Boeing slashes 12,000 jobs as virus seizes travel industry

Boeing slashes 12,000 jobs as virus seizes travel industry
In this April 7, 2020, file photo, U.S. Air Force KC-46 tankers being built by Boeing sit parked at the Paine Field airport in Everett, Wash. Federal safety regulators are outlining planned changes in how they approve new passenger airplanes after two crashes involving a Boeing model. But key lawmakers say they plan to push ahead with legislation to change the current system that lets aircraft makers including Boeing play a key role in certifying their own planes. (AP Photo/Ted S. Warren, File)

Boeing is cutting more than 12,000 jobs through layoffs and buyouts as the coronavirus pandemic seizes the travel industry, and more cuts are coming.

One of the nation's biggest manufacturers will lay off 6,770 U.S. employees this week, and another 5,520 workers are taking buyout offers to leave voluntarily in the coming wee

Air travel within the U.S. tumbled 96% by mid-April, to fewer than 100,000 people on some days. It has recovered slightly. The Transportation Security Administration said it screened 264,843 people at airports on Tuesday, a drop of 89% compared with the same Tuesday a year ago.

Boeing had said it would cut 10% of a that numbered about 160,000. A Boeing spokesperson said Wednesday's actions represent the largest number of job cuts, but several thousand additional will be eliminated in the next few months.

The layoffs are expected to be concentrated in the Seattle area, home to Boeing's commercial-airplanes business. The defense and space division is stable and will help blunt the impact of the decline in air travel and demand for passenger jets, the company said.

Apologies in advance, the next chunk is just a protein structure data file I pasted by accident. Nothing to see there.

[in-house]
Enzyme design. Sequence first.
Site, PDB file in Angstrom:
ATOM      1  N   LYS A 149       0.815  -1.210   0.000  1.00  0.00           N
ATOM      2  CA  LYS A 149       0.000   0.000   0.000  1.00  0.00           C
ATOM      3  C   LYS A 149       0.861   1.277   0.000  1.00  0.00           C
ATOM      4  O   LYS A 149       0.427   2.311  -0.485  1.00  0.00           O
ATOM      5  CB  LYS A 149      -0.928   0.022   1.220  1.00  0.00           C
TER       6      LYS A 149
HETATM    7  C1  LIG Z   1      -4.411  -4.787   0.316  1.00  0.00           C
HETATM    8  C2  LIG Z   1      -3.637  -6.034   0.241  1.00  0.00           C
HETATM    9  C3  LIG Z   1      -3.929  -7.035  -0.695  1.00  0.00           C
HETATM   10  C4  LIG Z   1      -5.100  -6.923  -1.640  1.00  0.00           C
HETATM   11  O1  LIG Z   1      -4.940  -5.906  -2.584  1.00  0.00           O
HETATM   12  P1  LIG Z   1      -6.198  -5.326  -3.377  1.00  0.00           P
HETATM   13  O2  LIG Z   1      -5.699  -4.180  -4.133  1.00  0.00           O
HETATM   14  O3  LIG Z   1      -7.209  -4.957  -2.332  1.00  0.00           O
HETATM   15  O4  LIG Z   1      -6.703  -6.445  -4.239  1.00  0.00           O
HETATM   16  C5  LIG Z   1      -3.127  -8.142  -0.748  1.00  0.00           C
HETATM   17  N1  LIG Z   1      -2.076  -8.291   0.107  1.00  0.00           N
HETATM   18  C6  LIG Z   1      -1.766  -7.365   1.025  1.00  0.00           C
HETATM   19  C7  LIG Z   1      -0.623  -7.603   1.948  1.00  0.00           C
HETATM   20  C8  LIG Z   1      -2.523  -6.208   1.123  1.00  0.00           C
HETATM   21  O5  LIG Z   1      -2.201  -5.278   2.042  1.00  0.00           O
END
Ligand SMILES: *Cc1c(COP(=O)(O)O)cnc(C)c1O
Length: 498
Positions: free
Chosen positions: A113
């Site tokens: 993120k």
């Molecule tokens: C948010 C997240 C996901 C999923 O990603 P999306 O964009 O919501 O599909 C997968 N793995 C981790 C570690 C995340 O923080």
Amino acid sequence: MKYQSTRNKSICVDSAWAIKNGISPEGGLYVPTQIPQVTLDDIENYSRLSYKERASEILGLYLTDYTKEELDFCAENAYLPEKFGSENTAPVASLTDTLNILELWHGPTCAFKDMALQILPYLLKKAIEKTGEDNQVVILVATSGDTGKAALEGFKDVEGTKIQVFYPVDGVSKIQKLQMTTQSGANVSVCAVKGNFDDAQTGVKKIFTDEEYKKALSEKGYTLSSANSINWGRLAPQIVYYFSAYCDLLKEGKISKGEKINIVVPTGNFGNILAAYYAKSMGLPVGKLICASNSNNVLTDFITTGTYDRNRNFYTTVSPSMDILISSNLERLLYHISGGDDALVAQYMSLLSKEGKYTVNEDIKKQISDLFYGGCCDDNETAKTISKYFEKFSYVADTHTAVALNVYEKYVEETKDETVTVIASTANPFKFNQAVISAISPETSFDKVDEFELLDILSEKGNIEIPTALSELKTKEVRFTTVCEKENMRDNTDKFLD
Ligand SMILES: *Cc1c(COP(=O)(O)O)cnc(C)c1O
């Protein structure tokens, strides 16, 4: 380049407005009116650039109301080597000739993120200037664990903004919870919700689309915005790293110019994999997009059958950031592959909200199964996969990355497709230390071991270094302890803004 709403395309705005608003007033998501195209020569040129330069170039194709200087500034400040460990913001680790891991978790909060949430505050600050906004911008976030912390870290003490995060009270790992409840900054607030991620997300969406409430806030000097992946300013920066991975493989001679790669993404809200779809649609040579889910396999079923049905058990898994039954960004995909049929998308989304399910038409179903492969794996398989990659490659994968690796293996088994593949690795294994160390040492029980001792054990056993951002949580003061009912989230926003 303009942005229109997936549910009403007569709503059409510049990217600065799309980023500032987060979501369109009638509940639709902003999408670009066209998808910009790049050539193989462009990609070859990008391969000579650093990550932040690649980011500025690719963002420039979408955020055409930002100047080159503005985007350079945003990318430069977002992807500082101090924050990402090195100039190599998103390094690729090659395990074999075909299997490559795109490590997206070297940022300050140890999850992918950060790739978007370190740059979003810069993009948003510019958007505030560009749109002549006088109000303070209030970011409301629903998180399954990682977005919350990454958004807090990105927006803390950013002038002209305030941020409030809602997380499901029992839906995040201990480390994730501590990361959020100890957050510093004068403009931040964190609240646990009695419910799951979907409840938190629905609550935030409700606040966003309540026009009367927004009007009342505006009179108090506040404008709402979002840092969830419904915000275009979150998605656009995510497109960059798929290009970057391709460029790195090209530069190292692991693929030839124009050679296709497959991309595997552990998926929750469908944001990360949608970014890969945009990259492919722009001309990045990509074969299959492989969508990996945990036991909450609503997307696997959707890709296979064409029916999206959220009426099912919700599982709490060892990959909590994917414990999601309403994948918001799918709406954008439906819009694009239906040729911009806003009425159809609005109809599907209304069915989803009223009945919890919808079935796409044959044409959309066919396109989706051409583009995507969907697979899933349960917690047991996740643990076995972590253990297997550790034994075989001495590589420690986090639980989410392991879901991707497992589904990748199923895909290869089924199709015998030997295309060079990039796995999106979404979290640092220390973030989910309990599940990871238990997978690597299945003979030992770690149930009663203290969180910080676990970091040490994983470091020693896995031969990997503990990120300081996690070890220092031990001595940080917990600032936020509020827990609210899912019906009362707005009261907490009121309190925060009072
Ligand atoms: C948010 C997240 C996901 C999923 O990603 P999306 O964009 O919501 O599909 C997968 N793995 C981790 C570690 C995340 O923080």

Boeing said additional job cuts will be made in international locations, but it did not specify numbers.

"The COVID-19 pandemic's devastating impact on the means a deep cut in the number of commercial jets and services our customers will need over the next few years, which in turn means fewer jobs on our lines and in our offices," CEO David Calhoun said Wednesday in a memo to employees.

Calhoun said the company faces the challenges of keeping employees safe and working with suppliers and airlines "to assure the traveling public that it can fly safe from infection."

Calhoun warned that Boeing will have to adjust constantly because the pandemic makes it hard to predict the impact on the company's business.

Boeing's crisis began with two crashes of its 737 Max, which led regulators around the world to ground the jetliner last year. The company's problems have deepened with the coronavirus, which has cut global air traffic by up to 90% and caused airlines to postpone or cancel orders and deliveries for new planes.


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